practical that human action should be the primary focus of participant observation, as it is the only thing
that can truly be observed by a researcher. Nonetheless, I feel a complex feedback loop between
knowledge and action was missed, as techne must be conditioned by episteme, and vice versa. For
instance, in discussing inequality in terms of status, Boellstorff points out that the ability to script - to
write functional programming within second life, creating new objects - can be considered a marker of
elevated status. Obviously scripting is an action (techne), but it is predicated upon the knowledge
(episteme) necessary to execute it.
Finally, I turn to the task of assessing Boellstorff's work as a tool for teaching ethnography. The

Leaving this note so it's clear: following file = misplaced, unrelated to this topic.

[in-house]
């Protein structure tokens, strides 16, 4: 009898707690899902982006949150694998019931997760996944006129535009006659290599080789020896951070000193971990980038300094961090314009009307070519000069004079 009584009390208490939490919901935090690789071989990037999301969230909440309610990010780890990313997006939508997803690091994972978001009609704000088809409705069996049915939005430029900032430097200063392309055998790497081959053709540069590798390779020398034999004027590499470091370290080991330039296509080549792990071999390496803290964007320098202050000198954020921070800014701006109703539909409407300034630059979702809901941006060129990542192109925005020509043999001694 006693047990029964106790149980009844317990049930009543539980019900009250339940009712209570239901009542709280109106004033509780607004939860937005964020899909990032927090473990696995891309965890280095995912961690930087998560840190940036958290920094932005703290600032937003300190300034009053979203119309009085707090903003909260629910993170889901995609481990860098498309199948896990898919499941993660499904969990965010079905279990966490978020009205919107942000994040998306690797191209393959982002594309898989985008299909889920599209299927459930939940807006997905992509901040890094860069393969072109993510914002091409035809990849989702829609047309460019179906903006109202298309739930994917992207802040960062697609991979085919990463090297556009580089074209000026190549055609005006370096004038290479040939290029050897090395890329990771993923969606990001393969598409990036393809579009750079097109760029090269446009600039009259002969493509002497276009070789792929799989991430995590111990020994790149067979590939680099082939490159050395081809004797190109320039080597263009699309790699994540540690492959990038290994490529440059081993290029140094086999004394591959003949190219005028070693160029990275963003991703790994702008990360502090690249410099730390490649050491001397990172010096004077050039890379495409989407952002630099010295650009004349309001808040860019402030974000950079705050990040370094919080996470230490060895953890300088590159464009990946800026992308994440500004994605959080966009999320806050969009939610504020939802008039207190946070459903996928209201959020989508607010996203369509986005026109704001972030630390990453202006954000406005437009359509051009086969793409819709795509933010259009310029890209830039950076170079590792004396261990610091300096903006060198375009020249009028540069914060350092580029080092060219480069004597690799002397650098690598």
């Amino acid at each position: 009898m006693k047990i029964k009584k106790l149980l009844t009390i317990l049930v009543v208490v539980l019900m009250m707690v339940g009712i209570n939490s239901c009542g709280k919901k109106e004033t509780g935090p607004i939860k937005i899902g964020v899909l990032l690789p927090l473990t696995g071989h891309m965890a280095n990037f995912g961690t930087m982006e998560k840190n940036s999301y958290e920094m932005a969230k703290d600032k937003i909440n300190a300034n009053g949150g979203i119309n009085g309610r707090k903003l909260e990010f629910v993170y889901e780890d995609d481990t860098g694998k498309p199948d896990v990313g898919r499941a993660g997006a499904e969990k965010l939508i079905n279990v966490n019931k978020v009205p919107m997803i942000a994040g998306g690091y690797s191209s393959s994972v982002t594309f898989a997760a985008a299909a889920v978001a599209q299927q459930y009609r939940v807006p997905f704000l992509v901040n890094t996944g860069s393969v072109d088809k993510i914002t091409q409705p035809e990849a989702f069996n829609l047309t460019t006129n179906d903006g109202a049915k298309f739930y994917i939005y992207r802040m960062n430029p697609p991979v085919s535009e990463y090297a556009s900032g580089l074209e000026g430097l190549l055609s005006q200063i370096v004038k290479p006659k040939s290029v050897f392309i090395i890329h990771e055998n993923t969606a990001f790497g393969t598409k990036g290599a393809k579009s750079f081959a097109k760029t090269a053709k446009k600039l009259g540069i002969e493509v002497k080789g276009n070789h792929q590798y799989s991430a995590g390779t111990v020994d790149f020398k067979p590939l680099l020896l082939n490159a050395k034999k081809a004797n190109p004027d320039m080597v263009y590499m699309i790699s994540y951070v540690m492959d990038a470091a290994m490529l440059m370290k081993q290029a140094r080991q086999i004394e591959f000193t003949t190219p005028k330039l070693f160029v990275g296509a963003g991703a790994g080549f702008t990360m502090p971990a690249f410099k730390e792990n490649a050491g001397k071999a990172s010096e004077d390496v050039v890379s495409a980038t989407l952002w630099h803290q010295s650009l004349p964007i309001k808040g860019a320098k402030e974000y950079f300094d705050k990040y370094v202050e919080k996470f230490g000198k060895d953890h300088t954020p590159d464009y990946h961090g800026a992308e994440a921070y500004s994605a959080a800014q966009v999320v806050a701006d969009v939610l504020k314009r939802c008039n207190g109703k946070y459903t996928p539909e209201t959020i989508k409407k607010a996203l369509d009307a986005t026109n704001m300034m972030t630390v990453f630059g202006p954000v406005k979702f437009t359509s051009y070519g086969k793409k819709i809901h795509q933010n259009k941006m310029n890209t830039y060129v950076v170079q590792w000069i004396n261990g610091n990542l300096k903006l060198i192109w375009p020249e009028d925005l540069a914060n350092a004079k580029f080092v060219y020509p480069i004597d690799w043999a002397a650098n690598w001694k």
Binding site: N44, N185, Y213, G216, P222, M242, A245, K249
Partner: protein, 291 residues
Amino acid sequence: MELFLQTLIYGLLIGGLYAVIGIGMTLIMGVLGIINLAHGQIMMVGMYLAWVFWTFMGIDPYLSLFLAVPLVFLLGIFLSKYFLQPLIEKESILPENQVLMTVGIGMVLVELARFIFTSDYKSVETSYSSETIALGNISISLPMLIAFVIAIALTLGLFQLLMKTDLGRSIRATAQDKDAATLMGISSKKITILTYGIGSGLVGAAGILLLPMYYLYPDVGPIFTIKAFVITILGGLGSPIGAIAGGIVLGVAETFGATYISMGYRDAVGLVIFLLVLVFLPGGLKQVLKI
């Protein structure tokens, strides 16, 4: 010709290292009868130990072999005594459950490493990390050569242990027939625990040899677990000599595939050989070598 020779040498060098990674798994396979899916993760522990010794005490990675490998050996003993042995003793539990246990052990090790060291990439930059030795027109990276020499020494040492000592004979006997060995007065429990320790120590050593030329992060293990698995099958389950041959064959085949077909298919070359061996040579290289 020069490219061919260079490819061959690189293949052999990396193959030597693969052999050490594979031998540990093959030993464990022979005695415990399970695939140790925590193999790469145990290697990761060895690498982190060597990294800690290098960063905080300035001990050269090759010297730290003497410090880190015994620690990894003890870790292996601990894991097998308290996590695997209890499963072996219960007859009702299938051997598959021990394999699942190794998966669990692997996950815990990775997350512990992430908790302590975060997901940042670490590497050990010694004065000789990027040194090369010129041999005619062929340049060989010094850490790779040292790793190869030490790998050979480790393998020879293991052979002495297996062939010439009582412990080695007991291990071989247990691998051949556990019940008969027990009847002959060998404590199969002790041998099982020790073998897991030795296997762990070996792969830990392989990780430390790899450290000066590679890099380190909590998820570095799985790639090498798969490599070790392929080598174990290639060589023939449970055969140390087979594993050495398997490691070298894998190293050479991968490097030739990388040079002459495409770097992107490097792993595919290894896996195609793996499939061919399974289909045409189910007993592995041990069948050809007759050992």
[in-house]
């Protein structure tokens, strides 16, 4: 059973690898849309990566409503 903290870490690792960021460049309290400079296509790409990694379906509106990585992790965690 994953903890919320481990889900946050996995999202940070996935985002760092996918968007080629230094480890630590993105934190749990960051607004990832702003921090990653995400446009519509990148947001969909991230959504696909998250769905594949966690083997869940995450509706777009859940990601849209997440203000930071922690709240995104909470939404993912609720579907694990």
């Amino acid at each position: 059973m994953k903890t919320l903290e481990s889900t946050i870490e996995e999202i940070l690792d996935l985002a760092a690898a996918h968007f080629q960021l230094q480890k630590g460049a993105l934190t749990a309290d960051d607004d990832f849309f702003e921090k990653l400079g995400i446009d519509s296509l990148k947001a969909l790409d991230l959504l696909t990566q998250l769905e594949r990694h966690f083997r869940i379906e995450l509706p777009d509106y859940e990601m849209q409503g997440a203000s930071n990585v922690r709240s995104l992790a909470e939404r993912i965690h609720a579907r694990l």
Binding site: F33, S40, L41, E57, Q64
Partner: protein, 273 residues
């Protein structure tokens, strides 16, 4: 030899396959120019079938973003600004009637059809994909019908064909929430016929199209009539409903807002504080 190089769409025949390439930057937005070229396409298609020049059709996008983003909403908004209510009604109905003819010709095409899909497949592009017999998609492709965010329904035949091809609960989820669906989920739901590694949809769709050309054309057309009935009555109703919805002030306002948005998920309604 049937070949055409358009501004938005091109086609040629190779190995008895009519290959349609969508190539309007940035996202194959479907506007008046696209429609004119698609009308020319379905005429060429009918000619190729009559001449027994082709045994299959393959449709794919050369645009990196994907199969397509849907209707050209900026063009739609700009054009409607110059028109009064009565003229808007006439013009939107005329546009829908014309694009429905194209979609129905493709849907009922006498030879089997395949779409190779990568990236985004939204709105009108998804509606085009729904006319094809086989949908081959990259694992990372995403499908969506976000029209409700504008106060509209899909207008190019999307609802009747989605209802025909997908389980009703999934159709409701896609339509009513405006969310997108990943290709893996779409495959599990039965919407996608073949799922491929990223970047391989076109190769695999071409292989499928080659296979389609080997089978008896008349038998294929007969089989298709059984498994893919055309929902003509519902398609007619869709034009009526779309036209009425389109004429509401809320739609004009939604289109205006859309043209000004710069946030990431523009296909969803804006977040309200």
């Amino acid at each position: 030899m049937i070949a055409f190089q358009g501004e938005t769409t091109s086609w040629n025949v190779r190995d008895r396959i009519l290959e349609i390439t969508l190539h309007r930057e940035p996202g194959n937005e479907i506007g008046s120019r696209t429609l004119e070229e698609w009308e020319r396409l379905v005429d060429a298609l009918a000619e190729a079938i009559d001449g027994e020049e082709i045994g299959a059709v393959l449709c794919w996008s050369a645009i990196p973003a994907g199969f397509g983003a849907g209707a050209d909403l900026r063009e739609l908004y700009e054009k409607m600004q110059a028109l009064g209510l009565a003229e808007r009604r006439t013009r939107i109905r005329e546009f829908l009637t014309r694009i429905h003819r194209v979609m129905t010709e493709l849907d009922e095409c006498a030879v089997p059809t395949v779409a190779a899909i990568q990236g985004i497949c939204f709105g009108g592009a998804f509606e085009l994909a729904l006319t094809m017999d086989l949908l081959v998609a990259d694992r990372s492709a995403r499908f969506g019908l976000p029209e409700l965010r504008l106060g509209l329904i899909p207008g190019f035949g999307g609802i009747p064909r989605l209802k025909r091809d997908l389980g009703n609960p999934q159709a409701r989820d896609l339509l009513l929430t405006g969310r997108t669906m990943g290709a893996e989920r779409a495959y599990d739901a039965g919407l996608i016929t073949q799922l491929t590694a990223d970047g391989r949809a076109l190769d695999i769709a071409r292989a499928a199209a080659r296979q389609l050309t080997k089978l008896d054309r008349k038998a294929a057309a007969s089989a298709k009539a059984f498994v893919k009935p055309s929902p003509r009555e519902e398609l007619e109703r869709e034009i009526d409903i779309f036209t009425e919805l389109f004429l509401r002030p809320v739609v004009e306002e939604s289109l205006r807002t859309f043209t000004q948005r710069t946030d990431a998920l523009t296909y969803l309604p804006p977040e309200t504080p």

totality of Coming of Age in Second Life presents an interesting and, at least to me, unfamiliar cultural
landscape in way that facilitates some degree of new understanding. Additionally, Boellstorff succeeds in
illuminating new ways to reflect on one's own cultural experience. That being the case, I must return the
criticism I hinted at earlier. A quote from Boellstorff will provide a useful fulcrum for analysis. Referring
to his decision to deal with a broad spectrum of topics, rather than develop an in-depth discussion of any
one, Boellstorff writes "What one gains from the traditional approach is a holistic understanding of the
CONSTITUTIVE INTERSECTIONALITY of cultural domains" (p. 241, emphasis added). I think this statement is
essentially true, but the phrasing is conspicuously complex. Perhaps something along the lines of "culture
is best understood when taken as whole" would work just as well. Were this an isolated occurrence, I
would attribute it to hasty writing or poor editing, but its widespread occurrence makes be suspect it is